This is also a dance performance performed at Tshechu festivals. Avalokiteshvara and Buddha Vajra Heruka are believed to dwell in cremation grounds to liberate the spirits of the deceased from this world for a swift transition to the after-world. During the performance, the dancers destroy an effigy and offer the remnants to the tutelary deities of the ten directions. This is believed to liberate any negative spirits.
While death is a grim subject, Buddhism approaches it with the wisdom of acceptance. I used pop-art style to convey a light mood. I am rediscovering these tenets of Buddhism from the Internet, listening to a lot of talks about life, death and impermanence.
Medium: Acrylic & Oil Pastels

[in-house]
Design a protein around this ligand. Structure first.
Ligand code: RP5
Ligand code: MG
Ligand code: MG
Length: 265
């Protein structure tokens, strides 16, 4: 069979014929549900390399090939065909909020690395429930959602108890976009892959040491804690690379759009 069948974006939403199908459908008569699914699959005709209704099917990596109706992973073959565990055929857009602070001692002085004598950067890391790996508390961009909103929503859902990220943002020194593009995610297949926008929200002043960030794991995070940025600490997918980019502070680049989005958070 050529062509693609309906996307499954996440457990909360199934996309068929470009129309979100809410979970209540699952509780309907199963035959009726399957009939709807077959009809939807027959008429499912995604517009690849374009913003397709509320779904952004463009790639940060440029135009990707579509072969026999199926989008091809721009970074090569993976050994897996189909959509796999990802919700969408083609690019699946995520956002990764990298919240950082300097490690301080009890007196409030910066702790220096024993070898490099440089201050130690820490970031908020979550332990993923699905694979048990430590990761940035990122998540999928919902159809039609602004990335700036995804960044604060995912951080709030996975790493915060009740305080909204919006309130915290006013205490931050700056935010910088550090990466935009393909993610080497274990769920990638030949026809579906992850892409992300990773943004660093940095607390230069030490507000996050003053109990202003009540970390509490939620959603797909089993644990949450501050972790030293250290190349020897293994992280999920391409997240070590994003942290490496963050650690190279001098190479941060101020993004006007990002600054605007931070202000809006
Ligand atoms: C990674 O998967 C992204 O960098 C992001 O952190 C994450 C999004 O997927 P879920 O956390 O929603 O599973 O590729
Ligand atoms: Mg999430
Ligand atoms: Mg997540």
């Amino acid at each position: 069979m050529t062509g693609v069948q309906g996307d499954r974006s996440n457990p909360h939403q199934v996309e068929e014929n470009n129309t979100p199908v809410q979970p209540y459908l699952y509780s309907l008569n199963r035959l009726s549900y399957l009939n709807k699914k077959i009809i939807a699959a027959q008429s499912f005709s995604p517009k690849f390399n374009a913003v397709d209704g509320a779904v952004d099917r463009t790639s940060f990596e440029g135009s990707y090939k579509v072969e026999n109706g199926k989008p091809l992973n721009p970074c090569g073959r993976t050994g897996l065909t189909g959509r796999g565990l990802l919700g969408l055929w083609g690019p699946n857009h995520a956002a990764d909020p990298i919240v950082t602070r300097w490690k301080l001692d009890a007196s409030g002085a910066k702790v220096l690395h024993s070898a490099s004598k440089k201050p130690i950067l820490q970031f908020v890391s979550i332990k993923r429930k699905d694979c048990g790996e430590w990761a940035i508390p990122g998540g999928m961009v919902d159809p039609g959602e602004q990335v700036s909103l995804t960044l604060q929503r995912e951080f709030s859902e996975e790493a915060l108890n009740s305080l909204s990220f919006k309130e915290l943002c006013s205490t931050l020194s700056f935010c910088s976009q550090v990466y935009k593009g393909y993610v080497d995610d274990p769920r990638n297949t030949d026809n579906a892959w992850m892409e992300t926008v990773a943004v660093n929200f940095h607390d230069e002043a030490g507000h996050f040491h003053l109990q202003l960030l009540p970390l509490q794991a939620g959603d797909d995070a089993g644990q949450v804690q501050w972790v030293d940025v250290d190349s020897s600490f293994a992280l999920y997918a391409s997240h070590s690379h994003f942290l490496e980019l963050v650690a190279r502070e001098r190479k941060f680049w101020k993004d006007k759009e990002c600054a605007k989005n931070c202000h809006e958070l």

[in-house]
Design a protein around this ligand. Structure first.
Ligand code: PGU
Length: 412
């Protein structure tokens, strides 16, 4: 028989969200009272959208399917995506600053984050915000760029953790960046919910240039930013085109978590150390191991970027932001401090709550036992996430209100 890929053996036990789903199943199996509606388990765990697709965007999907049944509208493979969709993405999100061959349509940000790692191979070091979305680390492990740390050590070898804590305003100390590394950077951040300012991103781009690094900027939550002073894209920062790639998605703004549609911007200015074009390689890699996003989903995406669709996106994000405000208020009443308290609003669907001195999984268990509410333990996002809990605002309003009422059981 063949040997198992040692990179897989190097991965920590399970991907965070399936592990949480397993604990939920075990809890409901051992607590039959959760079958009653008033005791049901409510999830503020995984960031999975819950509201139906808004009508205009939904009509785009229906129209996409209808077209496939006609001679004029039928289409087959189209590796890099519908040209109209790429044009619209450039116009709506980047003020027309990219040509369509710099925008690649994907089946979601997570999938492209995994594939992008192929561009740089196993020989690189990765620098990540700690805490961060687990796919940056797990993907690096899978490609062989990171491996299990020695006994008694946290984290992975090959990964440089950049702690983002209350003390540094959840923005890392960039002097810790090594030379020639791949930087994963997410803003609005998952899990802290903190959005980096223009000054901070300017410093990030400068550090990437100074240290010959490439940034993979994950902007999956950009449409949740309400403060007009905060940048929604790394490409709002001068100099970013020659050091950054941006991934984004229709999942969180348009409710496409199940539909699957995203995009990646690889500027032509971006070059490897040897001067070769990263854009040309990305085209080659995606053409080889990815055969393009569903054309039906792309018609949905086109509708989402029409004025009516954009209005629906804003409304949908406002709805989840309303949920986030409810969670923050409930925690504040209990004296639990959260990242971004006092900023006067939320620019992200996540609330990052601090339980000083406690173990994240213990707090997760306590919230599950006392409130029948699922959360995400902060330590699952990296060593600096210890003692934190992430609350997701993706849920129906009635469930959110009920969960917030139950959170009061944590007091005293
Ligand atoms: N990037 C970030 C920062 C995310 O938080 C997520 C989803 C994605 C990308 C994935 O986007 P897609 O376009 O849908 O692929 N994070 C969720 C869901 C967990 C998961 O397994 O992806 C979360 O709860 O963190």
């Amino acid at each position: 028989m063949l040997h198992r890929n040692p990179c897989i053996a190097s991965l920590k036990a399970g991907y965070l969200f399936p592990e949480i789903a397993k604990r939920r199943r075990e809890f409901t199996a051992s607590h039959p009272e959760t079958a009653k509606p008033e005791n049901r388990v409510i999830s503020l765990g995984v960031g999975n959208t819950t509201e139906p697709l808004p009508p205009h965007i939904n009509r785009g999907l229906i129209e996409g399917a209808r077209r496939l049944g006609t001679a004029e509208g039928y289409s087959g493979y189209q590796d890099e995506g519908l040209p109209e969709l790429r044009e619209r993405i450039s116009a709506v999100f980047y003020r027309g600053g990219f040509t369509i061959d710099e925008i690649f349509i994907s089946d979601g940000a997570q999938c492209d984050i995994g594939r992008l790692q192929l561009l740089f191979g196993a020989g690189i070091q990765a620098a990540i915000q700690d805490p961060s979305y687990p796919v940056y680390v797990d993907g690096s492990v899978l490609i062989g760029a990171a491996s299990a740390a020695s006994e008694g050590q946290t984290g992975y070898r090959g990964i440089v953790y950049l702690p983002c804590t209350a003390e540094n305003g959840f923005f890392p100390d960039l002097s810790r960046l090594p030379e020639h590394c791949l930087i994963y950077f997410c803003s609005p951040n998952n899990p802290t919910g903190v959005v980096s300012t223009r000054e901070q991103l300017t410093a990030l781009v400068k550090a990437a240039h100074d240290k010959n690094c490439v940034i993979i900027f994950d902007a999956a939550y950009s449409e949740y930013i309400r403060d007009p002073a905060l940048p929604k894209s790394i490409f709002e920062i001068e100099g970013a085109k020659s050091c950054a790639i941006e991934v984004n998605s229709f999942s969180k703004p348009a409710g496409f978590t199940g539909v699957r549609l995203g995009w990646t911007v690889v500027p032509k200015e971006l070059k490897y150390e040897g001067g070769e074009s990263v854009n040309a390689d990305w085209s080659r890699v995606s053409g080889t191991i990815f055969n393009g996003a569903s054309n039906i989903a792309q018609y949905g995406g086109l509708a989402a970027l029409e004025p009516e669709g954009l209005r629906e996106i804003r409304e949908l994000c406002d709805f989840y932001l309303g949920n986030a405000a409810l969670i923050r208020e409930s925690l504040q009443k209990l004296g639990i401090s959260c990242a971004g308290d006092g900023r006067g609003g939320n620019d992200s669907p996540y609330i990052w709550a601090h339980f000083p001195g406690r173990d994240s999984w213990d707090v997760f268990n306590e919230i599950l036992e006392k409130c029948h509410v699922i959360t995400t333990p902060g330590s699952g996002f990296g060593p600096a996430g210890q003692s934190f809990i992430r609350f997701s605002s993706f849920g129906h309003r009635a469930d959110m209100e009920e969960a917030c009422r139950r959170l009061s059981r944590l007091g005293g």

Exhibited In: Healing with Happiness
Price: Price on Request
Artwork Code: HWH103
Born 1997, from Lhuentse
I was introduced to VAST Bhutan by my late brother- VAST was his whole life, and he was a big and beloved part of the VAST family. VAST has been one of the ways I still connect to him- he left a lot of friends, memories, and his art as legacy. I graduated with a BA in Fine Arts from Beacon House National University in Lahore, Pakistan, and interned with VAST for a year. Being part of VAST has given me the opportunity to be part of huge and exciting projects, like the Paro Airport gallery which we are working on now, or the gigantic mural we completed in Haa valley in 2020, as part of the Royal Bhutan Flower Exhibition, and which has become an icon in the valley. I have worked mostly with acrylic, a medium I am most comfortable with, but I would like to explore oil painting and sculpture as well. For me, being an artist is about continuing to learn and grow, and be part of an incredible community.